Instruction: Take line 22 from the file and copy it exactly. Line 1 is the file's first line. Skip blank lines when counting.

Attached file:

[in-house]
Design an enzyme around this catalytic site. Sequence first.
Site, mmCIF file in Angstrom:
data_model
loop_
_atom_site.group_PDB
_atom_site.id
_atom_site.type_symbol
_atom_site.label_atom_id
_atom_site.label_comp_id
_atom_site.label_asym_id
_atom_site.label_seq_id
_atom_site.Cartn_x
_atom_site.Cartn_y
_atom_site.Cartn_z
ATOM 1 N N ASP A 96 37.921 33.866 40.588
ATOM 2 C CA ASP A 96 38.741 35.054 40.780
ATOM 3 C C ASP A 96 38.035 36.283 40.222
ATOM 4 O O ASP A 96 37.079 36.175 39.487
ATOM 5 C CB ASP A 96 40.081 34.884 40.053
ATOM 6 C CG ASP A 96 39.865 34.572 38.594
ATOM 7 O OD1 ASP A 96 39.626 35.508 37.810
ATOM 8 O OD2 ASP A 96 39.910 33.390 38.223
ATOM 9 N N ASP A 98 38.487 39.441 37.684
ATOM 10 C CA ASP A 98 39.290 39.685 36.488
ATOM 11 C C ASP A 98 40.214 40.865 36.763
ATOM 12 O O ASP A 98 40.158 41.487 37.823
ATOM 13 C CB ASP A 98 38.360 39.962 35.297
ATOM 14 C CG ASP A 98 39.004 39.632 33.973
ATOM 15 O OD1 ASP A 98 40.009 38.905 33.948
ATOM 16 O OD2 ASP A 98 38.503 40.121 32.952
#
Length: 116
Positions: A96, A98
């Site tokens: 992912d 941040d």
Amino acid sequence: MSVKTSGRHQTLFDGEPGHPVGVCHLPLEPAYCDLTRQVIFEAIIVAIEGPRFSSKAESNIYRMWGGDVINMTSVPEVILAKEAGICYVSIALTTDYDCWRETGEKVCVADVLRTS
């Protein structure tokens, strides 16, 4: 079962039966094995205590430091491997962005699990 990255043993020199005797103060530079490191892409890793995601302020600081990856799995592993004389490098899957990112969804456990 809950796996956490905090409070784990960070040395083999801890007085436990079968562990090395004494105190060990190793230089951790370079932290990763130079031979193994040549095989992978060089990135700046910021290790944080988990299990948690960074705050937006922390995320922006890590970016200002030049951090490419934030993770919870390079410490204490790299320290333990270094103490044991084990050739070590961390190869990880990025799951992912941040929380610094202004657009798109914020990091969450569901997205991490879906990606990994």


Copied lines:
ATOM 7 O OD1 ASP A 96 39.626 35.508 37.810